Due to the exceptional measures linked to COVID-19, the Institut Suédois and its garden unfortunately remain closed to the public until the end of August. In the meantime, the Café suédois is open and welcomes you in our courtyard, every day except Monday, from 12 am to 6 pm!Close notice
A listed monument
The home of the Institut Suédois is the Hôtel de Marle, an outstanding partially listed historic building. The Swedish State purchased the 16th century mansion in 1965. It was completely restored, which means that visitors can admire the historic building while touring the temporary exhibitions and permanent collection at the Institut Suédois.
The painted ceilings
Restoration work began in February 1967. It involved clearing out the cellars, demolishing the timber structure over the garden, surveying the walls and ceilings, removing the plasterwork, looking for signs of historic structural components, locating the positions of the original doors and windows, and so on. This is how the beautiful painted ceilings and traces of original frescoes were discovered under the plasterwork.
The “Philibert Delorme” roof
To everyone’s surprise, a semi-circular roof structure with a counter-curved top section, in the style of the famed French Renaissance architect Philibert Delorme, was also discovered. It consists of semi-circular beams held together using wooden cotter pins, and is unquestionably one of the finest examples of a lightweight roof structure dating from the mid-16th century. It is probably the only roof of its kind in Paris. A faithful replica of the original “Philibert Delorme” roof was constructed and installed, and the entire new roof structure was tiled with thick slate.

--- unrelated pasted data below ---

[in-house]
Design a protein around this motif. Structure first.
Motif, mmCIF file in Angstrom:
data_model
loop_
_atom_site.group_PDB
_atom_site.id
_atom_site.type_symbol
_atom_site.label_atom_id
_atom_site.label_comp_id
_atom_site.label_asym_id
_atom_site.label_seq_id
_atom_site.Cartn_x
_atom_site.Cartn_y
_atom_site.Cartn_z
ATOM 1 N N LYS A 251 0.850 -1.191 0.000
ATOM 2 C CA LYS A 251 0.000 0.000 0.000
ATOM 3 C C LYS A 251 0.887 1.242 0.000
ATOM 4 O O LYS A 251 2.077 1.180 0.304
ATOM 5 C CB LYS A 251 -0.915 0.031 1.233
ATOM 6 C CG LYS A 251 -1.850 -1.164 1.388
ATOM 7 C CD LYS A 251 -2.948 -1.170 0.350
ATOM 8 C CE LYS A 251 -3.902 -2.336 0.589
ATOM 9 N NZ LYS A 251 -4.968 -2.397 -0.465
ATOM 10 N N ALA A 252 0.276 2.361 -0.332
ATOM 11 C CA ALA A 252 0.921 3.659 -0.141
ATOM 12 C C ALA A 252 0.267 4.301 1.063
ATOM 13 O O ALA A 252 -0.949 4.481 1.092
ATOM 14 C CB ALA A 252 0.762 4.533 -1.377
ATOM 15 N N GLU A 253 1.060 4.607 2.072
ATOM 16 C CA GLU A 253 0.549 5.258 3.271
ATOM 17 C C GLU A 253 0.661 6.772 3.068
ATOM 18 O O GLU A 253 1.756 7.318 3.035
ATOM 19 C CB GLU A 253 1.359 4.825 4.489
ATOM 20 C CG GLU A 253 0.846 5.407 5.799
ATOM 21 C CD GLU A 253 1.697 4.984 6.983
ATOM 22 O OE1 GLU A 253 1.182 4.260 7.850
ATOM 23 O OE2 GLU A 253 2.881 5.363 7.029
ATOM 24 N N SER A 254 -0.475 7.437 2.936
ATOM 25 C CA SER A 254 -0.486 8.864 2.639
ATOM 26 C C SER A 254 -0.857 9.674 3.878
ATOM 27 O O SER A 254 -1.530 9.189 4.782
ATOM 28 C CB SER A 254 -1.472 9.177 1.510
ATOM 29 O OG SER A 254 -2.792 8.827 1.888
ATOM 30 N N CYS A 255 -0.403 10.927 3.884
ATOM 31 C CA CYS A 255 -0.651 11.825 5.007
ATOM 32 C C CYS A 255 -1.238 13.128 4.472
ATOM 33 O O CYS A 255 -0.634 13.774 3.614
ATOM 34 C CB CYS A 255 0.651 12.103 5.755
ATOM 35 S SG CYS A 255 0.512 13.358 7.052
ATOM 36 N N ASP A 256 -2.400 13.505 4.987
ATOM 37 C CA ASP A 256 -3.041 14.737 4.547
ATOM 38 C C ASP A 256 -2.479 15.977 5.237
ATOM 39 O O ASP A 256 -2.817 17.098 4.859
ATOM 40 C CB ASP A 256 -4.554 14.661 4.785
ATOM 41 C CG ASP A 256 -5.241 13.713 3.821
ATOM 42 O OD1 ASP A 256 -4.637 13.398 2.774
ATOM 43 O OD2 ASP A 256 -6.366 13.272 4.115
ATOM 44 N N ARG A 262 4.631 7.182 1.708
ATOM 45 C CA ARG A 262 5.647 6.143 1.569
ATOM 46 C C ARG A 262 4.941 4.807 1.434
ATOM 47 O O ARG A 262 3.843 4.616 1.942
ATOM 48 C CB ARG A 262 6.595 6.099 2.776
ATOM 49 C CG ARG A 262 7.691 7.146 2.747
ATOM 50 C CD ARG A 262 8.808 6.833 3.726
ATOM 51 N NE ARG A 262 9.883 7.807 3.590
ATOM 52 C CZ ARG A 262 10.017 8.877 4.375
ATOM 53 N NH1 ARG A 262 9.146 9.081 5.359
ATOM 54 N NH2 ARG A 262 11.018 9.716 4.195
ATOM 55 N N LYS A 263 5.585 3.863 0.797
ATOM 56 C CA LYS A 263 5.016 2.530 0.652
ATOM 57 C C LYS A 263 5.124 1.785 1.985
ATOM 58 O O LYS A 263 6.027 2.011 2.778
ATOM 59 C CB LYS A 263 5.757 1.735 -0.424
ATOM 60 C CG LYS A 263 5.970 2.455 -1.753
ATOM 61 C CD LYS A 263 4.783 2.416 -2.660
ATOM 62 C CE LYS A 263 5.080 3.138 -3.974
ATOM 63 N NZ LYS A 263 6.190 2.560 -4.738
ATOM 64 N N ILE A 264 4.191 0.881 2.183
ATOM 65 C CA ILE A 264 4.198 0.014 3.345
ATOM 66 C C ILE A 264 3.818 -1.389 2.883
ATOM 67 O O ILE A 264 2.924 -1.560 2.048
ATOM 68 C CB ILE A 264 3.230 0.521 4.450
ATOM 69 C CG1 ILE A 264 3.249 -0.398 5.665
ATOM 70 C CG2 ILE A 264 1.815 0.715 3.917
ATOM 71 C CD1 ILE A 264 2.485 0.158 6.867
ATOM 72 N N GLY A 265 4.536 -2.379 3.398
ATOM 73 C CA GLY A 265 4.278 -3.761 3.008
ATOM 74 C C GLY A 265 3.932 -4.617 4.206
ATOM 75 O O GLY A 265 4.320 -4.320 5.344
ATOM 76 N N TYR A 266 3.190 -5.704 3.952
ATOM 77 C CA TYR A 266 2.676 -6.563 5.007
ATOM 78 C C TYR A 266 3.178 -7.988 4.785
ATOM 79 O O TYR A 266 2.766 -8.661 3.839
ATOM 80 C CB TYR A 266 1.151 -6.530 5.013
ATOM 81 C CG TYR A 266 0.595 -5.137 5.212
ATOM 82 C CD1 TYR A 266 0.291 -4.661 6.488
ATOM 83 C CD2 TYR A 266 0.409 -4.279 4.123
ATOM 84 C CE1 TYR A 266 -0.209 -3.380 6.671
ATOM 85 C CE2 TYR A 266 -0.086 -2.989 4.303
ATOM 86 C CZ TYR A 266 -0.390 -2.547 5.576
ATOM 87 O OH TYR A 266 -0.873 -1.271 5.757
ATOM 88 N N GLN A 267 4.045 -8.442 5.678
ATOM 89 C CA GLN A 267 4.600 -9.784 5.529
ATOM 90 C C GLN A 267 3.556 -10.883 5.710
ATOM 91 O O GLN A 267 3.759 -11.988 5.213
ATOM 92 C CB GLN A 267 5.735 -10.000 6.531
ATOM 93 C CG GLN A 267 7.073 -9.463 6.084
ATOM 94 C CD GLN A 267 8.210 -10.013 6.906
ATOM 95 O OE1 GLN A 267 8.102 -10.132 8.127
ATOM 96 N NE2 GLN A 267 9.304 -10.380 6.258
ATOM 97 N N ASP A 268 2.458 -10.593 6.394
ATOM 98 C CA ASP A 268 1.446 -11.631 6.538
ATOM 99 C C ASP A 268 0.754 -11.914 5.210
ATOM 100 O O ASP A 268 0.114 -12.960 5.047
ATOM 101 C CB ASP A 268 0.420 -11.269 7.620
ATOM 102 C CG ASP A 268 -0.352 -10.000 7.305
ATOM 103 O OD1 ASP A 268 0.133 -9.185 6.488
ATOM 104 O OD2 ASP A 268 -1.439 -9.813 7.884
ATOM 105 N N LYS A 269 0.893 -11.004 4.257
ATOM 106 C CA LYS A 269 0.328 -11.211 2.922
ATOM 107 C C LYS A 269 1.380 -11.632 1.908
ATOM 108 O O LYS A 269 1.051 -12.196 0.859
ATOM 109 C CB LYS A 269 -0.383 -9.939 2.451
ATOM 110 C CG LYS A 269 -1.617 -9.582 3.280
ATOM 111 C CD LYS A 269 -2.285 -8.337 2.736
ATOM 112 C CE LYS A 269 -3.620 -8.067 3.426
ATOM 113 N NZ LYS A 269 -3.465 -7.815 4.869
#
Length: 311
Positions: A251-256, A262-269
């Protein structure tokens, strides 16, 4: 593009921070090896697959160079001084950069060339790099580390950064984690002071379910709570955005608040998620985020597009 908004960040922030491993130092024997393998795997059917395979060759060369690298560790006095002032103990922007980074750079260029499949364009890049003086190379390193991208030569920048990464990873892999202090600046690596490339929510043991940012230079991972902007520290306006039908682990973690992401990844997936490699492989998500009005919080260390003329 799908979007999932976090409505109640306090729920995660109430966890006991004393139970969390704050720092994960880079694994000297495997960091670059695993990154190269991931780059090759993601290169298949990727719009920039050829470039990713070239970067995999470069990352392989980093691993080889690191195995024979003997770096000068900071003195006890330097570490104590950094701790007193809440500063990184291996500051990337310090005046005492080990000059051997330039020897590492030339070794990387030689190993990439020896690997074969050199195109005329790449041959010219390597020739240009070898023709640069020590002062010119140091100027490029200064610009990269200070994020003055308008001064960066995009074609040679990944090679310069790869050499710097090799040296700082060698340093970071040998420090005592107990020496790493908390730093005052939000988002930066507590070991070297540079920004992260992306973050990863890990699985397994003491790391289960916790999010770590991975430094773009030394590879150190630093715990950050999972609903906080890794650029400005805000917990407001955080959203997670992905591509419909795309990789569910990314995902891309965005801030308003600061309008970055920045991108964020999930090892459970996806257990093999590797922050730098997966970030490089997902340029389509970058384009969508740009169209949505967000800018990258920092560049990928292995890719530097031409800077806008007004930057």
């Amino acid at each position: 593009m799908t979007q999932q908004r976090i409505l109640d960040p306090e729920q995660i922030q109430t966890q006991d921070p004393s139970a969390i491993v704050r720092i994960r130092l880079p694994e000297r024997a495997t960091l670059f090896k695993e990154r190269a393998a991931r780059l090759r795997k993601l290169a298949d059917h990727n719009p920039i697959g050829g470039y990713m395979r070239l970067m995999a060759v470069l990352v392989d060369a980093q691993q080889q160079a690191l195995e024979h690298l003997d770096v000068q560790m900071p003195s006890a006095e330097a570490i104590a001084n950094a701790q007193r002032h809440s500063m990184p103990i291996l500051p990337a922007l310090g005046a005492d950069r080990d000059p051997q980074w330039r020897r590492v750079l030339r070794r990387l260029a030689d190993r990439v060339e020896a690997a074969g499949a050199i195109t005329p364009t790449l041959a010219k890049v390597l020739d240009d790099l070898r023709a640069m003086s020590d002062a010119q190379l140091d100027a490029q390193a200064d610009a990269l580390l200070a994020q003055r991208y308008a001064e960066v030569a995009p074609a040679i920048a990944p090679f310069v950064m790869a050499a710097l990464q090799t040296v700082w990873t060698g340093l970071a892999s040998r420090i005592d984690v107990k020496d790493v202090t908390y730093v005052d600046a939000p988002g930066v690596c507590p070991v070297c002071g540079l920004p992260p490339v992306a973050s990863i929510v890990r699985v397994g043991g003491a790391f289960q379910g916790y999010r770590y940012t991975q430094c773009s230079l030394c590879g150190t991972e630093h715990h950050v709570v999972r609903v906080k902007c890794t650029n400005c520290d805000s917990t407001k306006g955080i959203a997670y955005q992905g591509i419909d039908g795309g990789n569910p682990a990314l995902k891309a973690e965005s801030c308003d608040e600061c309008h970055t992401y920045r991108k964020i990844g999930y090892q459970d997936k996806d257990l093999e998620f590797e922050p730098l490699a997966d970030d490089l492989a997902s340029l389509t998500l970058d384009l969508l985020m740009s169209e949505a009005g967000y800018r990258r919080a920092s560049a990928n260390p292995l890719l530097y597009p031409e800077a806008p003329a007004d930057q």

Other architectural features
The two small wings at right angles to the main building were tiled in the same way. The two small pavilions overlooking the garden had ground floor arcades with rectangular windows. The arches were reinstated, and surveys revealed windowsills with stone balustrades, which were restored. Some windows still had their original wooden muntins (glazing bars), and these served as models for restoring all the windows. New wooden dormer windows were constructed on the side overlooking the garden, while others overlooking the courtyard were replaced. The rendered façades were restored using lime mortar.